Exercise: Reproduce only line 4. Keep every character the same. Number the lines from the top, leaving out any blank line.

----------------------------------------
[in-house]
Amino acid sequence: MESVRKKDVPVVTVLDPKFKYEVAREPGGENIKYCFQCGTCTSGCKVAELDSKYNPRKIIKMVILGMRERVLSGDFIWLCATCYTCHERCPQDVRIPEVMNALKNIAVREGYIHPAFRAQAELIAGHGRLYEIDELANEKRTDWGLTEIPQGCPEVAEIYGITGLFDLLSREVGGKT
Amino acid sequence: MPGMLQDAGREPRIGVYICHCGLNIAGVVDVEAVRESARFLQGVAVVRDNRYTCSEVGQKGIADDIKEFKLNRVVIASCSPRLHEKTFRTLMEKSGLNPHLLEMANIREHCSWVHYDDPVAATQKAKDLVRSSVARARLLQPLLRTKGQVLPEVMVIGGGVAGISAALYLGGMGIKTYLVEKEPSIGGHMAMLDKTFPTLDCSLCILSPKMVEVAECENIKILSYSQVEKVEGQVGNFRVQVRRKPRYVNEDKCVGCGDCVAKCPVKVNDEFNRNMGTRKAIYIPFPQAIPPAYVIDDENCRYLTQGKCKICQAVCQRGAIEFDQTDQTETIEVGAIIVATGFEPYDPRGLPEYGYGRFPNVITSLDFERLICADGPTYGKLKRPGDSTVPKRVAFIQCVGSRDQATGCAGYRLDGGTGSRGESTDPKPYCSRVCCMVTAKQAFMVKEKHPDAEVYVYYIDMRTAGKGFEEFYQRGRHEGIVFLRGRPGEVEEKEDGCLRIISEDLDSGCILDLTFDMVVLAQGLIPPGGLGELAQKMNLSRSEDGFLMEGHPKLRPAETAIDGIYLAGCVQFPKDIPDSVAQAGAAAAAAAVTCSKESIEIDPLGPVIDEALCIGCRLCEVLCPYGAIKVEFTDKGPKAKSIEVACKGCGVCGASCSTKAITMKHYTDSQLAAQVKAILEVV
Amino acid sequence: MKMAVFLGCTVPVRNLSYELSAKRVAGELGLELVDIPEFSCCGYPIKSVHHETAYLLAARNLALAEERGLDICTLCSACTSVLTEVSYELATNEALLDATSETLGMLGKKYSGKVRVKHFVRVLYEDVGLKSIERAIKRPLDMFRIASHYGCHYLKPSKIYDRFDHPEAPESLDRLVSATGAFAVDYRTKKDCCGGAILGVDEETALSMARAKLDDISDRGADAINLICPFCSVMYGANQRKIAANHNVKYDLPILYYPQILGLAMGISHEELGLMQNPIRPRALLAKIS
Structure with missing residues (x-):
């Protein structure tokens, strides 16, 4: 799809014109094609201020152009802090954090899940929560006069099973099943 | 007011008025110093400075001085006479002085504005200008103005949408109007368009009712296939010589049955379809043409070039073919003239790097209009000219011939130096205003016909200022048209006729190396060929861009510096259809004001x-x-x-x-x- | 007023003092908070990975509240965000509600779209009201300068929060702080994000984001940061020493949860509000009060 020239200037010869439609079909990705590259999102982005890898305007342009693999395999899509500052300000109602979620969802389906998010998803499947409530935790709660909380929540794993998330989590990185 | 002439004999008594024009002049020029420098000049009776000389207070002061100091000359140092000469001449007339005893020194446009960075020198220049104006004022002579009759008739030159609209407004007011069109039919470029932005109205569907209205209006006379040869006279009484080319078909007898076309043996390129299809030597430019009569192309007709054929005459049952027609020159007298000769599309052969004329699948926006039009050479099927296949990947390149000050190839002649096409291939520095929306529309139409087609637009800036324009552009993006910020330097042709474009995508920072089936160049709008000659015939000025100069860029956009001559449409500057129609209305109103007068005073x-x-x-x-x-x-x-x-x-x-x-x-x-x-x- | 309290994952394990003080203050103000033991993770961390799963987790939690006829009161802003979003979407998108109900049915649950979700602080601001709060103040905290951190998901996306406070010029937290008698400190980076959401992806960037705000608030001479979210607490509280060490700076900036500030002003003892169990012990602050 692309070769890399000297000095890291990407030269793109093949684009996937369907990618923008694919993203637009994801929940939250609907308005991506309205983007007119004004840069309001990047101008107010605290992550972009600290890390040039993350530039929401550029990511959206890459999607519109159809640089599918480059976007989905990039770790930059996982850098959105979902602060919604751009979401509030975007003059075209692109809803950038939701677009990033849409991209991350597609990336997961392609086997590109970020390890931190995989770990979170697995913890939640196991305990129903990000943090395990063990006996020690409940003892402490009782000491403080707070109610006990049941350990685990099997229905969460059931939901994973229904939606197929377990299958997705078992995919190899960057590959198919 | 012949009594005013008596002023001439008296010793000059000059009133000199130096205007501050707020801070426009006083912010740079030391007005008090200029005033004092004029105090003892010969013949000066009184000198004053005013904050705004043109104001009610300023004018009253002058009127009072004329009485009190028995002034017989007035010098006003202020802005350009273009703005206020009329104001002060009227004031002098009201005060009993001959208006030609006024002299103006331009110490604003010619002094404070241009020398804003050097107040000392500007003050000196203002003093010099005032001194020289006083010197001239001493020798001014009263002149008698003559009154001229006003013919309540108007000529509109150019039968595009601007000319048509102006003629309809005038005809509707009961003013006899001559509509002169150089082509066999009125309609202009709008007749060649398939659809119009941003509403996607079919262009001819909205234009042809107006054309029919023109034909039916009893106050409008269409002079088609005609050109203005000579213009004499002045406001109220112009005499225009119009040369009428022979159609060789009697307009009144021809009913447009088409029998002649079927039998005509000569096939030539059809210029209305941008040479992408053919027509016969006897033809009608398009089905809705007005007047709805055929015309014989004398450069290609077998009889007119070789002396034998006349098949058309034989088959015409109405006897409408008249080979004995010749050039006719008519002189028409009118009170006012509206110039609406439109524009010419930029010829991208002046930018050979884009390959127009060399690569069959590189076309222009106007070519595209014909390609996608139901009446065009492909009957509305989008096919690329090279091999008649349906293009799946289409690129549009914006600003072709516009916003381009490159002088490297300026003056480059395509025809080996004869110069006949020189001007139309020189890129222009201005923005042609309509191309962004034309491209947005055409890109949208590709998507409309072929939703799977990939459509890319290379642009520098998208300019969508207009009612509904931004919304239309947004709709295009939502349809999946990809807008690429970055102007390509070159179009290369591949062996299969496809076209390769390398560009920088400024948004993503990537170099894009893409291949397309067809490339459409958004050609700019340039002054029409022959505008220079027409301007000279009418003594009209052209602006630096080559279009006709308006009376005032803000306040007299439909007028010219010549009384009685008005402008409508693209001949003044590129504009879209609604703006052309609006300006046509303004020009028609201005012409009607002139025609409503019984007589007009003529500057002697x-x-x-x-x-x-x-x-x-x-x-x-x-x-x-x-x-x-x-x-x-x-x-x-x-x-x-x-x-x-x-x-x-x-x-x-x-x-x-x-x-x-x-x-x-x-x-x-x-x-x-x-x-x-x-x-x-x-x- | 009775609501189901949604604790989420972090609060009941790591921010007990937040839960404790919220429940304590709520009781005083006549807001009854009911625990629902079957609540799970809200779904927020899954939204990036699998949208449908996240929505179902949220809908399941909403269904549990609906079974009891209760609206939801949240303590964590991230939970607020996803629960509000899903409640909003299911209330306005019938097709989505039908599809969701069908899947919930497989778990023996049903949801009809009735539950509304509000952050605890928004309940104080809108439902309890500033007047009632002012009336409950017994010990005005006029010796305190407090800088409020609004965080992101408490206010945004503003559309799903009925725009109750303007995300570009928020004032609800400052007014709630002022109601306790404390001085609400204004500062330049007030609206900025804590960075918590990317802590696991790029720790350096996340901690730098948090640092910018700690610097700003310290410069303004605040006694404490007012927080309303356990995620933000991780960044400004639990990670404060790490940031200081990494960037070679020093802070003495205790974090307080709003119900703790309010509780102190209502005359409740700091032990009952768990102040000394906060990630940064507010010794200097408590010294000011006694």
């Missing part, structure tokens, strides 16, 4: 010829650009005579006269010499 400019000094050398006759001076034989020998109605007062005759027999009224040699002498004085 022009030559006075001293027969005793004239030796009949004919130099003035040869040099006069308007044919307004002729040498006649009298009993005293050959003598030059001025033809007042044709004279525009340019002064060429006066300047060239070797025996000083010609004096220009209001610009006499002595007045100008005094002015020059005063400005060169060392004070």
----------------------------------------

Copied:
Amino acid sequence: MKMAVFLGCTVPVRNLSYELSAKRVAGELGLELVDIPEFSCCGYPIKSVHHETAYLLAARNLALAEERGLDICTLCSACTSVLTEVSYELATNEALLDATSETLGMLGKKYSGKVRVKHFVRVLYEDVGLKSIERAIKRPLDMFRIASHYGCHYLKPSKIYDRFDHPEAPESLDRLVSATGAFAVDYRTKKDCCGGAILGVDEETALSMARAKLDDISDRGADAINLICPFCSVMYGANQRKIAANHNVKYDLPILYYPQILGLAMGISHEELGLMQNPIRPRALLAKIS